The congressional candidates for New York’s 21st District — also Tedra Cobb (D-Canton) and Lynn Kahn (Green Party-Schroon) share opposition to President Donald Trump’s comments on the intelligence community following his summit with Russian President Vladimir Putin.

They also object to his friendship with the leader and his country, but each say they will bring a different kind of expertise in how they address that opposition.

After meeting alone with the Russian leader in Helsinki, Trump gave a 45-minute joint press conference next to Putin, praising him, casting doubt on U.S. intelligence agencies and continuing to criticize a federal investigation into alleged collusion between the two leaders in the 2016 election.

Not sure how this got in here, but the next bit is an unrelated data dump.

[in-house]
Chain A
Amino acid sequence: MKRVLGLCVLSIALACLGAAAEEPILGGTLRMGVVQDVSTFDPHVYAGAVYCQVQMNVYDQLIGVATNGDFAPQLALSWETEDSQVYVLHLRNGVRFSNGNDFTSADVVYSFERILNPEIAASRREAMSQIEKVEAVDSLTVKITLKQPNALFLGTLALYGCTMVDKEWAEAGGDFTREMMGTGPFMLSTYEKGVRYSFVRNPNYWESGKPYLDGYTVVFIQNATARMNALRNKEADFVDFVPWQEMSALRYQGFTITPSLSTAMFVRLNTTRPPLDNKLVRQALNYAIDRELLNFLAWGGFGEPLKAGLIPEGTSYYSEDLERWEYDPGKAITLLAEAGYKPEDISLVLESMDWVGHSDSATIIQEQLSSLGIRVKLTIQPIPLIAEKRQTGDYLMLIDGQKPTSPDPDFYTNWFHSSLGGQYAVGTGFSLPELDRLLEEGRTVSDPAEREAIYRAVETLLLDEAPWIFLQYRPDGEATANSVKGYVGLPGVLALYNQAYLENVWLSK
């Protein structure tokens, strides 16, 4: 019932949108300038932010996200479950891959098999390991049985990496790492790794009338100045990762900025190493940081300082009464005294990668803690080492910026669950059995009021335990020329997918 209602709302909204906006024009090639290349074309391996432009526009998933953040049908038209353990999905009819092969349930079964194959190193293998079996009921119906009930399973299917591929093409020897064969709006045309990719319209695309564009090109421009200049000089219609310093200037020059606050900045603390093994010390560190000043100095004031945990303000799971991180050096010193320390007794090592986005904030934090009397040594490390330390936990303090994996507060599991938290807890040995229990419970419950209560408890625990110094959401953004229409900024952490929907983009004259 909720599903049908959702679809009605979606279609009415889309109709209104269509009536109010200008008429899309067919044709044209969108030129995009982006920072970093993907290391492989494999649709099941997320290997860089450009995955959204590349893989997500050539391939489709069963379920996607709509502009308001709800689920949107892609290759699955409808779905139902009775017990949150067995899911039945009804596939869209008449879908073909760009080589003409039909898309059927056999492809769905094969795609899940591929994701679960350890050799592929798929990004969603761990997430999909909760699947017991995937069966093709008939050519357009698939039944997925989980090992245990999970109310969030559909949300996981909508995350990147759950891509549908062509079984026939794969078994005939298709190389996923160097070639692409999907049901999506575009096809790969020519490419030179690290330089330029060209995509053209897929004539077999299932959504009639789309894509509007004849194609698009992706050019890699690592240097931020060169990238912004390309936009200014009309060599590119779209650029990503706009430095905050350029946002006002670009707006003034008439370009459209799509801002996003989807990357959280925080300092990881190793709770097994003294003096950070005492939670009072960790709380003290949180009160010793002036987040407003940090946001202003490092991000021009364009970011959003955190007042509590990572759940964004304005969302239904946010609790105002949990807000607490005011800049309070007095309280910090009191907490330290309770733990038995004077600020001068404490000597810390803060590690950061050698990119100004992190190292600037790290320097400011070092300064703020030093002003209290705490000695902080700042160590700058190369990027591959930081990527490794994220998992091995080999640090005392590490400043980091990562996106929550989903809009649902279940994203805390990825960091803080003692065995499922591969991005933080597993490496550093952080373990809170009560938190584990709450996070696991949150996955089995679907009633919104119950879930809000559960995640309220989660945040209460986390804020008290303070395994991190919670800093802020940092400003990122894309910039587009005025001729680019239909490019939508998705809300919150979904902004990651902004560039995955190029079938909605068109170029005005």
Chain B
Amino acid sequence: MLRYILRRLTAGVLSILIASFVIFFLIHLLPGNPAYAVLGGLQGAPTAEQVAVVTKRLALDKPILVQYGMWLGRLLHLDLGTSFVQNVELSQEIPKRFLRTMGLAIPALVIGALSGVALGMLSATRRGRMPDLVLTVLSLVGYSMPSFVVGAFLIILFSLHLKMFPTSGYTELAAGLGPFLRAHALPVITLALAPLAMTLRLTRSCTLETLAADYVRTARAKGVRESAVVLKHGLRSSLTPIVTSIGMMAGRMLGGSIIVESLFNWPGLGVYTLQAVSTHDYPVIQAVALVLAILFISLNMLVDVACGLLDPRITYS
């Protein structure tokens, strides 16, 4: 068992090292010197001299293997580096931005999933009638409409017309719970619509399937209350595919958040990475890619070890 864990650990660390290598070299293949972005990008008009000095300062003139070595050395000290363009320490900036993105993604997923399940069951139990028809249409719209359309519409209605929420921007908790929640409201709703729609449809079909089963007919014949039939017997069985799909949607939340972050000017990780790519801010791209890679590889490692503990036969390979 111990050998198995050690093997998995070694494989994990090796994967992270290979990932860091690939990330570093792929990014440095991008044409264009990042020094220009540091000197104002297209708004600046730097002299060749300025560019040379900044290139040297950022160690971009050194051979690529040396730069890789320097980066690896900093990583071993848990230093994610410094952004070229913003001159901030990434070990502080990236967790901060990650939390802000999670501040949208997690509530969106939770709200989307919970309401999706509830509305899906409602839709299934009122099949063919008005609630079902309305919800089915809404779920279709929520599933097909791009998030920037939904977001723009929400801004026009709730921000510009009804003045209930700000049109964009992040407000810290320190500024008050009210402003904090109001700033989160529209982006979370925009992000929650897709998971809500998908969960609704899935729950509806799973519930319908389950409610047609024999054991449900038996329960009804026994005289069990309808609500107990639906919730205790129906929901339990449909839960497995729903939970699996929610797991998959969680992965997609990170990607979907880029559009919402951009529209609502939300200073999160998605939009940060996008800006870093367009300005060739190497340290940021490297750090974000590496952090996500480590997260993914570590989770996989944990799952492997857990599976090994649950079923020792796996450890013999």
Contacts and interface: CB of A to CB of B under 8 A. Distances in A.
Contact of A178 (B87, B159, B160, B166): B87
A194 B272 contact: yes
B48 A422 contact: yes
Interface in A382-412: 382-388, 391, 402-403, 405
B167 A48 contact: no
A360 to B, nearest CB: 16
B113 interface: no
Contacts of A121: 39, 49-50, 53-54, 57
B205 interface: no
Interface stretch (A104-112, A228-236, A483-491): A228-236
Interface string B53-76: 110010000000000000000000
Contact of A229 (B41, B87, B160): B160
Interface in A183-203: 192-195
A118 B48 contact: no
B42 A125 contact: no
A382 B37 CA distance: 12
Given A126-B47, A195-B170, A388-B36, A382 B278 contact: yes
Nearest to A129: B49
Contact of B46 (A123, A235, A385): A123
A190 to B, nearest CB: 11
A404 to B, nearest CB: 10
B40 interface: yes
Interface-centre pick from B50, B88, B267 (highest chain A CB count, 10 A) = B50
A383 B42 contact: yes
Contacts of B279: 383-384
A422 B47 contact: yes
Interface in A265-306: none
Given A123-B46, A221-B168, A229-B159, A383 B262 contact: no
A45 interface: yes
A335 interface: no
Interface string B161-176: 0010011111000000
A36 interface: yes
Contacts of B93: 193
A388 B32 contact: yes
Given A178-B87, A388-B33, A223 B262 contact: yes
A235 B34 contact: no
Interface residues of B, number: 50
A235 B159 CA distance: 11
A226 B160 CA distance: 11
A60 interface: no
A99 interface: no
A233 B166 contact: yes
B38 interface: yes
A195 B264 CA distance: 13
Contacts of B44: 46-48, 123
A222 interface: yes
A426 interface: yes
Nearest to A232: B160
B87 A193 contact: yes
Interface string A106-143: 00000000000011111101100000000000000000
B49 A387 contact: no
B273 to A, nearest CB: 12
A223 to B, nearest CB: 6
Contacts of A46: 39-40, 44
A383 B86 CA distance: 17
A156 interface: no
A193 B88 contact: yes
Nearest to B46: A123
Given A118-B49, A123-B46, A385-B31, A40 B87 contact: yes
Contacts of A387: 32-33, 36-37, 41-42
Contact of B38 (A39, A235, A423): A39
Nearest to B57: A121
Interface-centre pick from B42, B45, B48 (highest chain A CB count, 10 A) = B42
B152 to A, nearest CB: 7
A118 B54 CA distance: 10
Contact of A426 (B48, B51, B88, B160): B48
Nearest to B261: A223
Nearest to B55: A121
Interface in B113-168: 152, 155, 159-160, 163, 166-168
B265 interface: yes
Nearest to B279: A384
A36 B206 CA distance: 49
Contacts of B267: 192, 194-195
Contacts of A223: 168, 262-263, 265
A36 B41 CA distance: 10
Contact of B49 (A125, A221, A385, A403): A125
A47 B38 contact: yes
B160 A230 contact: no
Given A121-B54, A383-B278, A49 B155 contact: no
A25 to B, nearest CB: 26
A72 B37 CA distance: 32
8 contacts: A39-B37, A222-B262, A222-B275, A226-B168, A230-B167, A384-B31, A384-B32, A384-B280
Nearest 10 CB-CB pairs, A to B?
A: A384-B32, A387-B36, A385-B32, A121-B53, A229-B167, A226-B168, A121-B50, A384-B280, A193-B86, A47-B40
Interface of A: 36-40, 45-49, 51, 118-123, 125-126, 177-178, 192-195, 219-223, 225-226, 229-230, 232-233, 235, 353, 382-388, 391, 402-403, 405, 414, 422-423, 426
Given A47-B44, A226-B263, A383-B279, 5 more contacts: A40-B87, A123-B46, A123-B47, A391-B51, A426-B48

Stefanik told the Adirondack Daily Enterprise she disagreed with Trump’s statement, in which he sided with Putin over his intelligence community’s assessment that Russia meddled in the 2016 election.

She also disagrees with Trump’s strategy of building a cordial relationship with the country and its leader, repeatedly referring to Russia as an adversary and saying that NATO allies are critical in countering Russian aggression. She said that it is in the country’s interest to support relationships with NATO.

When asked if Trump’s disparaging of NATO would make strengthening alliances difficult, Stefanik said it is the role of Congress to show support for NATO allies and invest in the international relationships.